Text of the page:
Three years ago, the sign welcoming visitors to Browns Valley in western Minnesota was overtaken by floodwaters along with more than 100 homes and businesses.
Floodwaters again threatened the city near the South Dakota border this week, but things would have been a lot worse without a diversion channel that was built to control the level of the Little Minnesota River.
Homes and businesses in the city stayed dry this time, although an ice jam forced water to blow a large hole to the diversion channel. Water washed away about 1,800 square feet of an embankment and about 25 feet of roadway.
Browns Valley Mayor Jeff Backer said it caused about $200,000 in damage to the $4.2 million project that hadn't quite been completed.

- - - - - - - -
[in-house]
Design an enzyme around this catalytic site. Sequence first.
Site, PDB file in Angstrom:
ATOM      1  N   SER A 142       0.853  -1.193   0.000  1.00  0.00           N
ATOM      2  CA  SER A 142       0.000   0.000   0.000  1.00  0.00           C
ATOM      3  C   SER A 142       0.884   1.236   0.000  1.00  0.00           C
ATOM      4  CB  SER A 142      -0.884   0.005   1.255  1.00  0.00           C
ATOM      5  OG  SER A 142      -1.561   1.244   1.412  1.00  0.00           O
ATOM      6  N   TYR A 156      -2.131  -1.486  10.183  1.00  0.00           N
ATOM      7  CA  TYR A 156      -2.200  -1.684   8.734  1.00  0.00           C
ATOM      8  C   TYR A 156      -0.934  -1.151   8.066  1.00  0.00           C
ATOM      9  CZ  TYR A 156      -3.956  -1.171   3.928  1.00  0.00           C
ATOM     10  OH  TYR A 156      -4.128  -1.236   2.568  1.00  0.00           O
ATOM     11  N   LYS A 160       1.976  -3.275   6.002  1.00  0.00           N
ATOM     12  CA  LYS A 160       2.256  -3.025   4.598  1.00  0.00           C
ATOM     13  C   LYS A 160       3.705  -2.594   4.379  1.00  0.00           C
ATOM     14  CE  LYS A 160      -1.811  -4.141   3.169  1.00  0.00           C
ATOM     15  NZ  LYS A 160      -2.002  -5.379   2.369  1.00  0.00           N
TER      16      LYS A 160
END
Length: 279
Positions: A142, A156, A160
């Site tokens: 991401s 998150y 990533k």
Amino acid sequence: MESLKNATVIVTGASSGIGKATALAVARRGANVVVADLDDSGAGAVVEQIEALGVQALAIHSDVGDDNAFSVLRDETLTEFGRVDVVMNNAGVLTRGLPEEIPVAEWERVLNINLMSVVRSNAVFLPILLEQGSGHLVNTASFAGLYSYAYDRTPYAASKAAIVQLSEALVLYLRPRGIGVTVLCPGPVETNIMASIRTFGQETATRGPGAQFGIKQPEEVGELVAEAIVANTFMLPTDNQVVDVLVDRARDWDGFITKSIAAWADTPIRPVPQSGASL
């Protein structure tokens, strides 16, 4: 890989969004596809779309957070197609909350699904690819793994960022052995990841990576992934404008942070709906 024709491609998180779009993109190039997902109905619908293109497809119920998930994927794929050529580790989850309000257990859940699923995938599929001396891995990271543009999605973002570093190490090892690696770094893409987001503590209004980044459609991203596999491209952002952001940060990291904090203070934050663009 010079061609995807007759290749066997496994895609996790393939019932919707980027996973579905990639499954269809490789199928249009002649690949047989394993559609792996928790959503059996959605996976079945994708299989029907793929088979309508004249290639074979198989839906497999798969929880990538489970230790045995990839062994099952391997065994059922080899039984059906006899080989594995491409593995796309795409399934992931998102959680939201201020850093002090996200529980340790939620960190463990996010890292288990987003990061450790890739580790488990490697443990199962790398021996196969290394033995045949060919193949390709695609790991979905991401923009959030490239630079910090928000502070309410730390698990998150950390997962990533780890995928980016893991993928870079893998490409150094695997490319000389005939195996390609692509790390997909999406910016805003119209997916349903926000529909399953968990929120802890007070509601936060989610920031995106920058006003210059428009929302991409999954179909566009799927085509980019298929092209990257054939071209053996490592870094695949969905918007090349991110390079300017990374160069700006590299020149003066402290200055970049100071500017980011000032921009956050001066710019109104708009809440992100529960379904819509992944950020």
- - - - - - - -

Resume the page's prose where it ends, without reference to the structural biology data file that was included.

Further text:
"We definitely had our tense moments," he said, adding that officials plugged the hole with 15 truckloads of large boulders. "We're holding our own right now."
Without the diversion, Browns Valley might be experiencing even worse flooding than in 2007, including a foot of water on Main Street, he said.
"We have more water now than in 2007," Backer told MPR's Morning Edition. "This channel is doing what it's supposed to and that's protecting the citizens."
The flood diversion project was delayed last fall because of too much rain.
"We were not able to set the rocks in place to protect (for) erosion," Backer said. "We were concerned about that going into this spring."
Besides repairing the damage from the ice jam, work will resume on the diversion project when the water recedes.
(MPR's Cathy Wurzer and The Associated Press contributed to this report.)